Author: Janet Malcolm; With an introduction by Ian Frazier
A poignant, revealing memoir by the legendary, award-winning New Yorker staff writer Janet Malcolm—featuring never-before-published material about her extraordinary life.
For decades, Janet Malcolm’s books and dispatches for The New Yorker and The New York Review of Books poked and prodded at reportorial and biographical convention, gesturing toward the artifice that underpins both public and private selves. In Pictures, she turned her gimlet eye on her own life—a task demanding a writer just as peerlessly skillful as she was widely known to be.
Pictures, then, is not the story of a life but is an event on its own terms, an encounter with identity and family photographs as poignant and original as anything since Roland Barthes’s Camera Lucida. Malcolm looked beyond the content of the image and the easy seductions of self-recognition, constructing a memoir from memories that pose questions of their own. Pictures begins with the image of a morose young girl on a train, leaving Prague at the age of five in 1939. From there we follow her to the Czech enclave of Yorkville in Manhattan, where her father, a psychiatrist and neurologist, and her mother, an attorney from a bourgeois family, traded their bohemian, Dada-inflected lives for the ambitions of middle-class America. From her early, fitful loves, to evenings at the old Metropolitan Opera House, to her fascination with what it might mean to be a “bad girl,” Malcolm assembles a composite portrait of a New York childhood, one that never escaped the tug of Europe and the mysteries of fate and family. Later, Pictures delves into her marriage to Gardner Botsford, the world of William Shawn’s New Yorker, and the libel trial that led Malcolm to become a character in her own drama—a role she reprises in the writing of this book, where she brings her distinctive critical sensibilities to bear on herself.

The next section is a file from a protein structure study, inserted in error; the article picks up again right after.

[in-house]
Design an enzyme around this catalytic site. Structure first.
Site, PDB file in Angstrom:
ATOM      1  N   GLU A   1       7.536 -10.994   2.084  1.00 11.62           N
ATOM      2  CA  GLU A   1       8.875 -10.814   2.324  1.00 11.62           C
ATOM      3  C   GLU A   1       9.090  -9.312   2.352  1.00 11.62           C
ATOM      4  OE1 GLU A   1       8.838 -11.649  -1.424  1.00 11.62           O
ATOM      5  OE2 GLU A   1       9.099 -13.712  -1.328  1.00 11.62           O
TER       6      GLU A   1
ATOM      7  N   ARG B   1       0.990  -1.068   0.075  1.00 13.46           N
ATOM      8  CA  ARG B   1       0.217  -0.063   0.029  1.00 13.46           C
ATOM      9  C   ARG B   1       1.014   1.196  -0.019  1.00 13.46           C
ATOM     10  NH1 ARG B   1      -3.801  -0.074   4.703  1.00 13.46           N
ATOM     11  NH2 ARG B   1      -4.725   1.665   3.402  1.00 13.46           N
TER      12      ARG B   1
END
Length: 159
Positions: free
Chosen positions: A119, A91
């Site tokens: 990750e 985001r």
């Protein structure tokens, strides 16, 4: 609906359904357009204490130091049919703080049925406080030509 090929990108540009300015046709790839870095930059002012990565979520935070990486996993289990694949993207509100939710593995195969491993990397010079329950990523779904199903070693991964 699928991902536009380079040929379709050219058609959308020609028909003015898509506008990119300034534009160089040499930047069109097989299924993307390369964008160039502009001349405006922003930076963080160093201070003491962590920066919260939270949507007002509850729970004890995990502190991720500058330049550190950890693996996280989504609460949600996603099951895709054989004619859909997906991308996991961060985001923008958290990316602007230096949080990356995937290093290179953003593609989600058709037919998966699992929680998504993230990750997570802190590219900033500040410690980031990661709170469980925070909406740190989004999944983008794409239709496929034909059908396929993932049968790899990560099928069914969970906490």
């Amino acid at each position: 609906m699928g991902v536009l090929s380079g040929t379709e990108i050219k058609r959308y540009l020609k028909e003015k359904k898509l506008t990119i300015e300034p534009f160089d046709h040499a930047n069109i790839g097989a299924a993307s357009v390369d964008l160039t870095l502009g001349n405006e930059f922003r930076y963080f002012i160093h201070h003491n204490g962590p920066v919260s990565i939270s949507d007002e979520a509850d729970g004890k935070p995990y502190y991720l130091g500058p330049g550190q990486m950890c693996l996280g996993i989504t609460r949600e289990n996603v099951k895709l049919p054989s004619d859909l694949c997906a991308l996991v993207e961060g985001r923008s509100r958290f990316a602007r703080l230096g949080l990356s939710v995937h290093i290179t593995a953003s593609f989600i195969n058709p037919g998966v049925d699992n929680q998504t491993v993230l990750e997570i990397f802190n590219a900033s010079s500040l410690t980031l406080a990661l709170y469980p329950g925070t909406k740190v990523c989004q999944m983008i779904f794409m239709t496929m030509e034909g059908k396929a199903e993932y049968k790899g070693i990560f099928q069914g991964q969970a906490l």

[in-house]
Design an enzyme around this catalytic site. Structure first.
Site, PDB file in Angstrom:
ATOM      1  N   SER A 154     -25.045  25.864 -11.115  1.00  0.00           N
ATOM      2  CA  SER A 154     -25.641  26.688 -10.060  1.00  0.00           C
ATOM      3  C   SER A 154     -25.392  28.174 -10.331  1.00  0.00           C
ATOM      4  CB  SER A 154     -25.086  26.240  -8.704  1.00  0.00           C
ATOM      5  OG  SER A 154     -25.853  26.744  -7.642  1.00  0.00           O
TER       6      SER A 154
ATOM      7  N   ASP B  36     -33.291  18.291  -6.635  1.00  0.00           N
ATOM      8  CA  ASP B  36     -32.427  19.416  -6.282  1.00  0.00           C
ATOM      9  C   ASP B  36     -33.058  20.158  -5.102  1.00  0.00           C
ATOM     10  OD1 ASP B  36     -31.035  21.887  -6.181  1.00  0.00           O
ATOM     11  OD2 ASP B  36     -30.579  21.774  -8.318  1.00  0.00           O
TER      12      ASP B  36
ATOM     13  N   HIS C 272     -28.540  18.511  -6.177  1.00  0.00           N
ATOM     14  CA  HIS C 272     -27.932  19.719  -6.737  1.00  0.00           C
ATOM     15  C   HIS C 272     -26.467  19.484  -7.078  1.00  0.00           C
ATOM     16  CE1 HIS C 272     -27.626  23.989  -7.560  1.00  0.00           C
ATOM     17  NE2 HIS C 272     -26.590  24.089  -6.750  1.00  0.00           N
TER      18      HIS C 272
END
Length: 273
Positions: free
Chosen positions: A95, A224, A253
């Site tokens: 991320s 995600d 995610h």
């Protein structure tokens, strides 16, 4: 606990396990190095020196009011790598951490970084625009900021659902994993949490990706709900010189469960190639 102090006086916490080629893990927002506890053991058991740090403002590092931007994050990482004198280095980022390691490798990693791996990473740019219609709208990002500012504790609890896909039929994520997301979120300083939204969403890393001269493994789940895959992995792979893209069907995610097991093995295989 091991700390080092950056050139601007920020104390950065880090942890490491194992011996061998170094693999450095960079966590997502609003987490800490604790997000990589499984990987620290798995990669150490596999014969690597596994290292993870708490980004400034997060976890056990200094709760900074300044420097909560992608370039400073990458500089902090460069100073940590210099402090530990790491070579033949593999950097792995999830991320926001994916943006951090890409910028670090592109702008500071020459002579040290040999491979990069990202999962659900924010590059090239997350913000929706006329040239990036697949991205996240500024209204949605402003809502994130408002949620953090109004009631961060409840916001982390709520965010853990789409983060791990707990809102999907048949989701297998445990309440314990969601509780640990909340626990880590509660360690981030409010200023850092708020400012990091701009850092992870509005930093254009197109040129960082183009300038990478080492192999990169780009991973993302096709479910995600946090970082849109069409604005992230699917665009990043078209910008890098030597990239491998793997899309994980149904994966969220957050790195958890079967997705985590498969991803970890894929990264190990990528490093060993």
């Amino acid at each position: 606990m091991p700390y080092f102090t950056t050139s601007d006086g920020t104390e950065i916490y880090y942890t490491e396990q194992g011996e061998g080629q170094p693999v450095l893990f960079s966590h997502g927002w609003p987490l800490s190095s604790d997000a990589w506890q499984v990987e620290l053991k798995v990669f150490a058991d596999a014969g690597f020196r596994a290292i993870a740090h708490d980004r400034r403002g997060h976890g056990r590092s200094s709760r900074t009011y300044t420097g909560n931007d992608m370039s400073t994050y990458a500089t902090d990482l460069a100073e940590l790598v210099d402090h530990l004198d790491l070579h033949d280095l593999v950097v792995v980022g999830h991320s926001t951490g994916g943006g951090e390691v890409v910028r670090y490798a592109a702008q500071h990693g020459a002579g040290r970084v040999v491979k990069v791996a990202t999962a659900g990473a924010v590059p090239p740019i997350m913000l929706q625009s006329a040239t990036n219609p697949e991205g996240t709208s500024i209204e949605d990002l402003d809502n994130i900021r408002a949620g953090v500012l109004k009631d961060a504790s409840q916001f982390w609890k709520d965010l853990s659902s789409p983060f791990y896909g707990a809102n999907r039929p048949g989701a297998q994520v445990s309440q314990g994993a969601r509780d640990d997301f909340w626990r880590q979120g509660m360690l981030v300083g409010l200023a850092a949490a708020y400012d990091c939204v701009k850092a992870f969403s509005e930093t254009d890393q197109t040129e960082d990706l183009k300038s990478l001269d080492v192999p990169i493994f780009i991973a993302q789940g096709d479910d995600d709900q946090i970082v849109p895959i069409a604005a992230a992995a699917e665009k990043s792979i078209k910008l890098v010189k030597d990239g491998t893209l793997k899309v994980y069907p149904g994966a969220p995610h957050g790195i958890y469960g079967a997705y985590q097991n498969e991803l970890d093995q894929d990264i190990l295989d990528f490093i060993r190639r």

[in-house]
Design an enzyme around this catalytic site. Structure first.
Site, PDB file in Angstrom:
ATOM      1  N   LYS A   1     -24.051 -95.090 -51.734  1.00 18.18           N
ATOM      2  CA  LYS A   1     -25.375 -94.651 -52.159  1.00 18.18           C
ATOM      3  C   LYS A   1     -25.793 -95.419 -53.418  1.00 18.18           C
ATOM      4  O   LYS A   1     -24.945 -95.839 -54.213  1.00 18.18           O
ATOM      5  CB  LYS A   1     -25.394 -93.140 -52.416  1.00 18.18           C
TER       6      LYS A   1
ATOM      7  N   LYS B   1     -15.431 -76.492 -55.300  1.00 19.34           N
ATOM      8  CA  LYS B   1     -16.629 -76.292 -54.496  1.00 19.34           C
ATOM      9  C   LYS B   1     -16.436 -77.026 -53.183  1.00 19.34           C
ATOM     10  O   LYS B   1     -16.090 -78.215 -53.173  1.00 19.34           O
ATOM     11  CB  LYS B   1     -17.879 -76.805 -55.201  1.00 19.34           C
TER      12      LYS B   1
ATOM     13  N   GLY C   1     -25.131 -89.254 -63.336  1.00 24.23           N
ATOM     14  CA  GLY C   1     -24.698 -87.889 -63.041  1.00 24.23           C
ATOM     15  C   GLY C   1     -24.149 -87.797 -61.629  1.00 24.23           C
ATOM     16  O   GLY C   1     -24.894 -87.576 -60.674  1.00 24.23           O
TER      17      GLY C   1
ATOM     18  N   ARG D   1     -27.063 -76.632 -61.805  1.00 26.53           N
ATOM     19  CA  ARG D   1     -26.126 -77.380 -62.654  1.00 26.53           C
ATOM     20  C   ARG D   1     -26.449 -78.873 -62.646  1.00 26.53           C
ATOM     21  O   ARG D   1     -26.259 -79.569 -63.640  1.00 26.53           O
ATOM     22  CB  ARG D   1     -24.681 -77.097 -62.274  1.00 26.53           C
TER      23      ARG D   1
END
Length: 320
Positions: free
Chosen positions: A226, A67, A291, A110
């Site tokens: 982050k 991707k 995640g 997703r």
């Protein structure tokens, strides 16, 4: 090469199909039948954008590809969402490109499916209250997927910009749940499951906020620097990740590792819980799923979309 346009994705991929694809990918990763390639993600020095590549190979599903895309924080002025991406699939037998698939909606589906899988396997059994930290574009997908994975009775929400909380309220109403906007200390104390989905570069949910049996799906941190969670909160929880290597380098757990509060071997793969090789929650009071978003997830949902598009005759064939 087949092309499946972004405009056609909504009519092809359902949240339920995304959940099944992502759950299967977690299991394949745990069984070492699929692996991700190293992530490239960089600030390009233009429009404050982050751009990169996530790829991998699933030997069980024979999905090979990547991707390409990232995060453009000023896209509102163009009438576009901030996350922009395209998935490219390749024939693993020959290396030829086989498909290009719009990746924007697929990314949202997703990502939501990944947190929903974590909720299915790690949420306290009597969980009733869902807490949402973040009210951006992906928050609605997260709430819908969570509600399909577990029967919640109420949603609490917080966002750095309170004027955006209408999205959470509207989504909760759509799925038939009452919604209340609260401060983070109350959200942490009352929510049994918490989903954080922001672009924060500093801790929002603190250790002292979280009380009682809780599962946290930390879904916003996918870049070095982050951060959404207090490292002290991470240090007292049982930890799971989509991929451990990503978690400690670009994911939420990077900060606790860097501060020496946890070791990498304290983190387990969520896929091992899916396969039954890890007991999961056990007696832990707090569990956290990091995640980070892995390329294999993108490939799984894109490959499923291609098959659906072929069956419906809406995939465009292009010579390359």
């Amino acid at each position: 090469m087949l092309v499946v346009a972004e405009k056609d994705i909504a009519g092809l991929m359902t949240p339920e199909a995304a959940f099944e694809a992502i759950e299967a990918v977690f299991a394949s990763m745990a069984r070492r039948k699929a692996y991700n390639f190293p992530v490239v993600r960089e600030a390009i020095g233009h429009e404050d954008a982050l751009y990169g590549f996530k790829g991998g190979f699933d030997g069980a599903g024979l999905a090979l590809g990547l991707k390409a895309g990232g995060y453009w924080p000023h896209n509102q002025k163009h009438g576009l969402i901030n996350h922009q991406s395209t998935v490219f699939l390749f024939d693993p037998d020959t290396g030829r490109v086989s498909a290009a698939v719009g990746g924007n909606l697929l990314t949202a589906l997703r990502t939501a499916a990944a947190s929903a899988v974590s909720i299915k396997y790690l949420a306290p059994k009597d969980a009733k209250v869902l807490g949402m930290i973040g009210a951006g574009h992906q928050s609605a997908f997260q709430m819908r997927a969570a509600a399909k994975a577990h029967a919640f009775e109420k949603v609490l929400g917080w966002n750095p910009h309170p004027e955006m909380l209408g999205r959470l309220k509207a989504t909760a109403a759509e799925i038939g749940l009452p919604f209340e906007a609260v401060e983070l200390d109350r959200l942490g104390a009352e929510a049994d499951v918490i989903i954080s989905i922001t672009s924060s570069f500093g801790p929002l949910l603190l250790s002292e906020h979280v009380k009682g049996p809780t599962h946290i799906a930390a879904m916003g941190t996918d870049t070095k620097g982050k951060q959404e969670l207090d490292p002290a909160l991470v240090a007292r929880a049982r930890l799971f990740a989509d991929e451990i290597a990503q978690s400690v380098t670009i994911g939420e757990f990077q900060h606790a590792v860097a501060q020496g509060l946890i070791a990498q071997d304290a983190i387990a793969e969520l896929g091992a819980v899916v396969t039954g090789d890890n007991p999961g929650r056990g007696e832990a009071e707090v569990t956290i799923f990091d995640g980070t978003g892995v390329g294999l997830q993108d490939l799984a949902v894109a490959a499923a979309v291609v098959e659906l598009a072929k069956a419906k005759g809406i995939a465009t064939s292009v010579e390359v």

Displaying the sharp wit and astute commentary that are Malcolmian trademarks, this brief volume develops into a memoir like few others in our literature.
Farrar, Straus and Giroux